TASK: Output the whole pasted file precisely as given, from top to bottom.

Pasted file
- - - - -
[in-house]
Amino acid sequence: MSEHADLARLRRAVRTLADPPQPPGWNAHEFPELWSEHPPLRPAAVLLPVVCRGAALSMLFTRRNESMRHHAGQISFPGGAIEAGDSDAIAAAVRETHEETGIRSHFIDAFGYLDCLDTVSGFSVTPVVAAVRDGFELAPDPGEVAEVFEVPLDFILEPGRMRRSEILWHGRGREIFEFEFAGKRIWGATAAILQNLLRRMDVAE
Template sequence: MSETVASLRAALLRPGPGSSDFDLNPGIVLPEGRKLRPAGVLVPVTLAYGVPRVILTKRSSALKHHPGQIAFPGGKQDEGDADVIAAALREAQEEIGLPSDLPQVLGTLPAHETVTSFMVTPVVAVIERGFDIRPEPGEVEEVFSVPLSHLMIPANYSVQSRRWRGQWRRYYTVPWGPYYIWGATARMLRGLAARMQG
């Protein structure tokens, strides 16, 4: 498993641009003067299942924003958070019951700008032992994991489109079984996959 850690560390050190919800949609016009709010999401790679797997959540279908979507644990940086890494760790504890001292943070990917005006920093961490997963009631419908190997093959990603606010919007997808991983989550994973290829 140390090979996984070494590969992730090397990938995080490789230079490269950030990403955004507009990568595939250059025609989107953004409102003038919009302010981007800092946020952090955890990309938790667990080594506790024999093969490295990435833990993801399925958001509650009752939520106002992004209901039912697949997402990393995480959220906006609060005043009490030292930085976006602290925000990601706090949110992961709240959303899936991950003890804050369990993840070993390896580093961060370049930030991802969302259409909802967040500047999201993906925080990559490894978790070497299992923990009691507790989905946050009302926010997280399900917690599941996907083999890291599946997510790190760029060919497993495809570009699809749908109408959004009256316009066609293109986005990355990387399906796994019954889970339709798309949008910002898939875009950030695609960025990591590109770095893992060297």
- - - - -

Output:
[in-house]
Amino acid sequence: MSEHADLARLRRAVRTLADPPQPPGWNAHEFPELWSEHPPLRPAAVLLPVVCRGAALSMLFTRRNESMRHHAGQISFPGGAIEAGDSDAIAAAVRETHEETGIRSHFIDAFGYLDCLDTVSGFSVTPVVAAVRDGFELAPDPGEVAEVFEVPLDFILEPGRMRRSEILWHGRGREIFEFEFAGKRIWGATAAILQNLLRRMDVAE
Template sequence: MSETVASLRAALLRPGPGSSDFDLNPGIVLPEGRKLRPAGVLVPVTLAYGVPRVILTKRSSALKHHPGQIAFPGGKQDEGDADVIAAALREAQEEIGLPSDLPQVLGTLPAHETVTSFMVTPVVAVIERGFDIRPEPGEVEEVFSVPLSHLMIPANYSVQSRRWRGQWRRYYTVPWGPYYIWGATARMLRGLAARMQG
């Protein structure tokens, strides 16, 4: 498993641009003067299942924003958070019951700008032992994991489109079984996959 850690560390050190919800949609016009709010999401790679797997959540279908979507644990940086890494760790504890001292943070990917005006920093961490997963009631419908190997093959990603606010919007997808991983989550994973290829 140390090979996984070494590969992730090397990938995080490789230079490269950030990403955004507009990568595939250059025609989107953004409102003038919009302010981007800092946020952090955890990309938790667990080594506790024999093969490295990435833990993801399925958001509650009752939520106002992004209901039912697949997402990393995480959220906006609060005043009490030292930085976006602290925000990601706090949110992961709240959303899936991950003890804050369990993840070993390896580093961060370049930030991802969302259409909802967040500047999201993906925080990559490894978790070497299992923990009691507790989905946050009302926010997280399900917690599941996907083999890291599946997510790190760029060919497993495809570009699809749908109408959004009256316009066609293109986005990355990387399906796994019954889970339709798309949008910002898939875009950030695609960025990591590109770095893992060297």